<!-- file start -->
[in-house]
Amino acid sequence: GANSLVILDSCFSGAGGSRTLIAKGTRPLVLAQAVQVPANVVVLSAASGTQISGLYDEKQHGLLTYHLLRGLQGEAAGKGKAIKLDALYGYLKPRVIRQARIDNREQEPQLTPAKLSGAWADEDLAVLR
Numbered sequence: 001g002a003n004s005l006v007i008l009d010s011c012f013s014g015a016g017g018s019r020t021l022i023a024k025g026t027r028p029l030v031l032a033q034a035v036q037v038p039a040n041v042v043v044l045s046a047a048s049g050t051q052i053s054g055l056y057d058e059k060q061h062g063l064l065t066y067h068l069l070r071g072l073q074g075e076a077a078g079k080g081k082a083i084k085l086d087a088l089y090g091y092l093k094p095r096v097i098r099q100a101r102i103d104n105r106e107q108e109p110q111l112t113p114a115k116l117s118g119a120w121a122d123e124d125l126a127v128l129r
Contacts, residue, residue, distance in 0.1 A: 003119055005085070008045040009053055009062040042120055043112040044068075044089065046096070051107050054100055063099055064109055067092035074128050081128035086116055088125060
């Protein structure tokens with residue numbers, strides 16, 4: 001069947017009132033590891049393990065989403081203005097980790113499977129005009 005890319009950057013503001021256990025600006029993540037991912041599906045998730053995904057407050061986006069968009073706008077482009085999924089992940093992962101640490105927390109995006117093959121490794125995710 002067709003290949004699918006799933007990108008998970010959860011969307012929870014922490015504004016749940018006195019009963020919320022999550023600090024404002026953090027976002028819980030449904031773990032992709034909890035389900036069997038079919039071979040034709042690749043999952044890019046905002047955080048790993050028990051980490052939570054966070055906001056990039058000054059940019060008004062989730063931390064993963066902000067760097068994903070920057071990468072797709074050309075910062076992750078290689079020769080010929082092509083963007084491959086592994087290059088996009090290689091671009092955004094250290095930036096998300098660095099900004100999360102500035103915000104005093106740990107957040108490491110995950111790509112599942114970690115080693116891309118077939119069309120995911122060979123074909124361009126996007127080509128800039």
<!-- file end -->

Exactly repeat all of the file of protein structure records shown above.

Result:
[in-house]
Amino acid sequence: GANSLVILDSCFSGAGGSRTLIAKGTRPLVLAQAVQVPANVVVLSAASGTQISGLYDEKQHGLLTYHLLRGLQGEAAGKGKAIKLDALYGYLKPRVIRQARIDNREQEPQLTPAKLSGAWADEDLAVLR
Numbered sequence: 001g002a003n004s005l006v007i008l009d010s011c012f013s014g015a016g017g018s019r020t021l022i023a024k025g026t027r028p029l030v031l032a033q034a035v036q037v038p039a040n041v042v043v044l045s046a047a048s049g050t051q052i053s054g055l056y057d058e059k060q061h062g063l064l065t066y067h068l069l070r071g072l073q074g075e076a077a078g079k080g081k082a083i084k085l086d087a088l089y090g091y092l093k094p095r096v097i098r099q100a101r102i103d104n105r106e107q108e109p110q111l112t113p114a115k116l117s118g119a120w121a122d123e124d125l126a127v128l129r
Contacts, residue, residue, distance in 0.1 A: 003119055005085070008045040009053055009062040042120055043112040044068075044089065046096070051107050054100055063099055064109055067092035074128050081128035086116055088125060
């Protein structure tokens with residue numbers, strides 16, 4: 001069947017009132033590891049393990065989403081203005097980790113499977129005009 005890319009950057013503001021256990025600006029993540037991912041599906045998730053995904057407050061986006069968009073706008077482009085999924089992940093992962101640490105927390109995006117093959121490794125995710 002067709003290949004699918006799933007990108008998970010959860011969307012929870014922490015504004016749940018006195019009963020919320022999550023600090024404002026953090027976002028819980030449904031773990032992709034909890035389900036069997038079919039071979040034709042690749043999952044890019046905002047955080048790993050028990051980490052939570054966070055906001056990039058000054059940019060008004062989730063931390064993963066902000067760097068994903070920057071990468072797709074050309075910062076992750078290689079020769080010929082092509083963007084491959086592994087290059088996009090290689091671009092955004094250290095930036096998300098660095099900004100999360102500035103915000104005093106740990107957040108490491110995950111790509112599942114970690115080693116891309118077939119069309120995911122060979123074909124361009126996007127080509128800039």